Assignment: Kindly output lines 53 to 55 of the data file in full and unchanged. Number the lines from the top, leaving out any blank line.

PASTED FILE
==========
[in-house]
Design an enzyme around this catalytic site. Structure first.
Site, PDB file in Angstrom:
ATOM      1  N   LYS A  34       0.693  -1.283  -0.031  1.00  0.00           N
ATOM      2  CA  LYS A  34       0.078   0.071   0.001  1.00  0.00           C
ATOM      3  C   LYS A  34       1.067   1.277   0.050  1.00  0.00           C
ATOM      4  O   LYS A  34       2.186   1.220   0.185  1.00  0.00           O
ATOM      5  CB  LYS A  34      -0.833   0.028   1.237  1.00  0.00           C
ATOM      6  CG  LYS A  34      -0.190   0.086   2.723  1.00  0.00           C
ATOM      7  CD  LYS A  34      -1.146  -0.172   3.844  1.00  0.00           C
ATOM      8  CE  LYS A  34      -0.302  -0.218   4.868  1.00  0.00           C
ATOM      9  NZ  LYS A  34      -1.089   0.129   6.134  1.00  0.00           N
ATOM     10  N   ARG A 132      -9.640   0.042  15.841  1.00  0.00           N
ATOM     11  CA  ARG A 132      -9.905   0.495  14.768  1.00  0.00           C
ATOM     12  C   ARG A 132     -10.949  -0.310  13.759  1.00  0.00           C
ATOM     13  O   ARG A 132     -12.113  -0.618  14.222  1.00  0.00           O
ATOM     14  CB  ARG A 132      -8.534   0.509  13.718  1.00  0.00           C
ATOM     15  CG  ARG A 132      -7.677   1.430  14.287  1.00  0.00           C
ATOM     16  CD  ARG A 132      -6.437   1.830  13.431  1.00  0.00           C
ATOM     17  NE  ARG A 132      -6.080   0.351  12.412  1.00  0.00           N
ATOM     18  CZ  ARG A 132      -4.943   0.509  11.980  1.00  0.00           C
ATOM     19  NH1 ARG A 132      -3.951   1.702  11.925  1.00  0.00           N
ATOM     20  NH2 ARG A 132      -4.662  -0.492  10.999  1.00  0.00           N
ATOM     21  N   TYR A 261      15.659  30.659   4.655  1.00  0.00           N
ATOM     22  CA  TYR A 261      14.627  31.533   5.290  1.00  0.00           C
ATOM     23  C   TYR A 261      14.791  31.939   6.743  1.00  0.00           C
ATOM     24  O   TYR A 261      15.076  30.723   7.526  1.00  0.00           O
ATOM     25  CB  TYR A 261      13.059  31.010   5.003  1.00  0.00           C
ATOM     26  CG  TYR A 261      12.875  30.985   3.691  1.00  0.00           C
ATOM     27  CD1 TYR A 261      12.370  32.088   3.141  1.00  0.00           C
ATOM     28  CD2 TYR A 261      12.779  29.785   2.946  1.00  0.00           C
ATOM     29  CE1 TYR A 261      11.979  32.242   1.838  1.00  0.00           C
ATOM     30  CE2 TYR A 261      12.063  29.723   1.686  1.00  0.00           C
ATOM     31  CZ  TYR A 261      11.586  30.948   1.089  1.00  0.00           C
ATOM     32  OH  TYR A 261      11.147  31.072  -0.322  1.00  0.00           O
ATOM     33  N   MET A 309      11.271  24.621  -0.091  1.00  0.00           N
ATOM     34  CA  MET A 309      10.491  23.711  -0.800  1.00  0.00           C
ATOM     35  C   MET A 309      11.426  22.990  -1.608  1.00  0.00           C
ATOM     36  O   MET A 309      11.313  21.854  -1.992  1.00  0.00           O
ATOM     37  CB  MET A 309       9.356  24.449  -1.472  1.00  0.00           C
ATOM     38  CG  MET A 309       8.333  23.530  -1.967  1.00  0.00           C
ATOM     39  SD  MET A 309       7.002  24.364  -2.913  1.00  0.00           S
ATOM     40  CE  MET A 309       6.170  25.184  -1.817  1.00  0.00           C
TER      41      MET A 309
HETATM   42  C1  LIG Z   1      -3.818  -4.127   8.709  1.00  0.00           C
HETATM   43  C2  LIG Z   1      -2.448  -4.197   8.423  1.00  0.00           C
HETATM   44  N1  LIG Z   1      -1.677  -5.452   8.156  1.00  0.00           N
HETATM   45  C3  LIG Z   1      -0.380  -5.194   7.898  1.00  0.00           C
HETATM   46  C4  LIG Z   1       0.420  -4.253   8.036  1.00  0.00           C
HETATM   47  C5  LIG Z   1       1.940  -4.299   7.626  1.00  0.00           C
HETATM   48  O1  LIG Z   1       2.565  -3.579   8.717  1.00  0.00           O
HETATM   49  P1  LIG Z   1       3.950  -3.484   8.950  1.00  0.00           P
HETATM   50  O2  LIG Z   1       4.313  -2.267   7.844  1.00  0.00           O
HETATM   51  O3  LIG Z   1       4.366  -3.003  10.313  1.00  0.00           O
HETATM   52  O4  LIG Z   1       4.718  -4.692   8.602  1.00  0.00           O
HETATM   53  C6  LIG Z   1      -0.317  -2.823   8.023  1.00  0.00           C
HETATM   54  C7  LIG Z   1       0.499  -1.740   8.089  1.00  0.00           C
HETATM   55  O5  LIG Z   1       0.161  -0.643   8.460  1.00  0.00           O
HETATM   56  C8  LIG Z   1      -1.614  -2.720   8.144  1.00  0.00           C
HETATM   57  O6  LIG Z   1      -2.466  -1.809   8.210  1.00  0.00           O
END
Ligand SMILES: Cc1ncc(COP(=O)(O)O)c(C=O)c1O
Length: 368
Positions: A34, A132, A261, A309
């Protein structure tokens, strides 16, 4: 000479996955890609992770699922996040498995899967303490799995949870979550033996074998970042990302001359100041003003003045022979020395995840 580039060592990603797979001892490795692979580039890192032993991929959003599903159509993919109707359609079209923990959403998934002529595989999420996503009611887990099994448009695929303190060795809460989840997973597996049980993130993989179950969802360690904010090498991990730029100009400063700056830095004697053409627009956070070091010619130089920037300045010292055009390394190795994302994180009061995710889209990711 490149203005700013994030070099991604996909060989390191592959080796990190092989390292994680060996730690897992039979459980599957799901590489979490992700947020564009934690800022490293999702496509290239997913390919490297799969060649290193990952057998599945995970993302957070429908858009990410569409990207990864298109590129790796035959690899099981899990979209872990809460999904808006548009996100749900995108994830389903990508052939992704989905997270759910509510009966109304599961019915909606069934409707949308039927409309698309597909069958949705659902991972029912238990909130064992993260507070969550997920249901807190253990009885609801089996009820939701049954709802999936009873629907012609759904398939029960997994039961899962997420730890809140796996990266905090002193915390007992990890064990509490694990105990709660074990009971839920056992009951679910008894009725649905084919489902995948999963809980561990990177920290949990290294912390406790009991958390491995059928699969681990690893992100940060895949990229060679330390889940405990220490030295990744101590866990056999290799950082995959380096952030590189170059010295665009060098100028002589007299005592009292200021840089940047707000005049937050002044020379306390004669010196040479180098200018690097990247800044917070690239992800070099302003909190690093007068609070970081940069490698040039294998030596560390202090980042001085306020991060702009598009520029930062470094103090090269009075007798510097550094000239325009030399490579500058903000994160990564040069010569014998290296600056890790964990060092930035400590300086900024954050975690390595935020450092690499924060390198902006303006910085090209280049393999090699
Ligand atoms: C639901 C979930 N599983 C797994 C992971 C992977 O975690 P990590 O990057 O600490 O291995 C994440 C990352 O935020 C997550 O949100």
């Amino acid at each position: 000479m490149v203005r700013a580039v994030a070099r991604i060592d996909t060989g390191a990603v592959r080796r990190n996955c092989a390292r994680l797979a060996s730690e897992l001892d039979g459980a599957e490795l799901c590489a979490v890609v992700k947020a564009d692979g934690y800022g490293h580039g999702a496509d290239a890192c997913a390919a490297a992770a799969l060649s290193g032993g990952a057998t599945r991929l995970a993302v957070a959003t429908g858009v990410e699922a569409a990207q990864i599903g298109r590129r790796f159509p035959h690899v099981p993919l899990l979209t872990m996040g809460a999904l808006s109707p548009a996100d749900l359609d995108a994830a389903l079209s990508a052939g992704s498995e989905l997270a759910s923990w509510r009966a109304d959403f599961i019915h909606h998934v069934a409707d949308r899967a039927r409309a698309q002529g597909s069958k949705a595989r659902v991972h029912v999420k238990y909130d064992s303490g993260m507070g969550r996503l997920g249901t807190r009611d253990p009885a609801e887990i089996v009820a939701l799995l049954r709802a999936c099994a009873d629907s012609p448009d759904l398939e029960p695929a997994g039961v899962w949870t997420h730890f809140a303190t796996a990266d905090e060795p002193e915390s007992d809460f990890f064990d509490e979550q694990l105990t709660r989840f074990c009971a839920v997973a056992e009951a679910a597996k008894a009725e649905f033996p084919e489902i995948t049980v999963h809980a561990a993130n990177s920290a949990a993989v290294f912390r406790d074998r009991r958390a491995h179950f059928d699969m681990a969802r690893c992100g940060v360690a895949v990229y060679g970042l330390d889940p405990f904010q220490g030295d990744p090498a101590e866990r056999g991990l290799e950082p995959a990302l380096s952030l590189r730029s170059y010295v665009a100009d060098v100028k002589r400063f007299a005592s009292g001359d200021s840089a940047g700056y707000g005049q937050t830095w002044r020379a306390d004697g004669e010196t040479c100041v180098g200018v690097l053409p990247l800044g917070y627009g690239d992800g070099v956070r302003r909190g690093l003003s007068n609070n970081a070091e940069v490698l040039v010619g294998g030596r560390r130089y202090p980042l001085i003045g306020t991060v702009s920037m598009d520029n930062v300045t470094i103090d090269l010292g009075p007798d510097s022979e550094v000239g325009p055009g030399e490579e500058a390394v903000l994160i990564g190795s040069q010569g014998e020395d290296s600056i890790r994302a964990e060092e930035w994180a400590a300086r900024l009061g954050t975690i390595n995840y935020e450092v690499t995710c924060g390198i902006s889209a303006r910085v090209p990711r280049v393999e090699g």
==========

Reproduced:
HETATM   50  O2  LIG Z   1       4.313  -2.267   7.844  1.00  0.00           O
HETATM   51  O3  LIG Z   1       4.366  -3.003  10.313  1.00  0.00           O
HETATM   52  O4  LIG Z   1       4.718  -4.692   8.602  1.00  0.00           O